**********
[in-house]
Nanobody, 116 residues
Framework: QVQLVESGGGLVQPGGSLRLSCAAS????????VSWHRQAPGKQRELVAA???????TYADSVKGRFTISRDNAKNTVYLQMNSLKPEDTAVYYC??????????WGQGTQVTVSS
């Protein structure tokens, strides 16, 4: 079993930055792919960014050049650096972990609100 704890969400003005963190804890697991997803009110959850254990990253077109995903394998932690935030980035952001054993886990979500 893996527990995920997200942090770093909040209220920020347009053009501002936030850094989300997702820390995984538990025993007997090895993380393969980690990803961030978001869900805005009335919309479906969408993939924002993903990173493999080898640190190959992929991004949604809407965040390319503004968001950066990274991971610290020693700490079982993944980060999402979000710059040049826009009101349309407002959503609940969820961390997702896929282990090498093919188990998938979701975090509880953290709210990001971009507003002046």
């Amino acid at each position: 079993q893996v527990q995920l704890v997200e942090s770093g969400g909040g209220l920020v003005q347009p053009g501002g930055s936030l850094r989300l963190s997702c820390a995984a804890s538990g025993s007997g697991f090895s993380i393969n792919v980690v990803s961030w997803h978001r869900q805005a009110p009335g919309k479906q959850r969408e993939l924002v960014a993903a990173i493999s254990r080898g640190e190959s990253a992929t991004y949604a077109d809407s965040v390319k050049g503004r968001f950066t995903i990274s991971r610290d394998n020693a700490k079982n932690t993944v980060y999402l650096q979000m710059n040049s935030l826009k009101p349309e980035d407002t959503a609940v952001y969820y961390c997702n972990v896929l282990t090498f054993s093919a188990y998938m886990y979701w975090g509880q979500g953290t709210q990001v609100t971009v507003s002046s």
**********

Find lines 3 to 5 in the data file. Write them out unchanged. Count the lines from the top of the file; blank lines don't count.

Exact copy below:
Framework: QVQLVESGGGLVQPGGSLRLSCAAS????????VSWHRQAPGKQRELVAA???????TYADSVKGRFTISRDNAKNTVYLQMNSLKPEDTAVYYC??????????WGQGTQVTVSS
């Protein structure tokens, strides 16, 4: 079993930055792919960014050049650096972990609100 704890969400003005963190804890697991997803009110959850254990990253077109995903394998932690935030980035952001054993886990979500 893996527990995920997200942090770093909040209220920020347009053009501002936030850094989300997702820390995984538990025993007997090895993380393969980690990803961030978001869900805005009335919309479906969408993939924002993903990173493999080898640190190959992929991004949604809407965040390319503004968001950066990274991971610290020693700490079982993944980060999402979000710059040049826009009101349309407002959503609940969820961390997702896929282990090498093919188990998938979701975090509880953290709210990001971009507003002046």
């Amino acid at each position: 079993q893996v527990q995920l704890v997200e942090s770093g969400g909040g209220l920020v003005q347009p053009g501002g930055s936030l850094r989300l963190s997702c820390a995984a804890s538990g025993s007997g697991f090895s993380i393969n792919v980690v990803s961030w997803h978001r869900q805005a009110p009335g919309k479906q959850r969408e993939l924002v960014a993903a990173i493999s254990r080898g640190e190959s990253a992929t991004y949604a077109d809407s965040v390319k050049g503004r968001f950066t995903i990274s991971r610290d394998n020693a700490k079982n932690t993944v980060y999402l650096q979000m710059n040049s935030l826009k009101p349309e980035d407002t959503a609940v952001y969820y961390c997702n972990v896929l282990t090498f054993s093919a188990y998938m886990y979701w975090g509880q979500g953290t709210q990001v609100t971009v507003s002046s």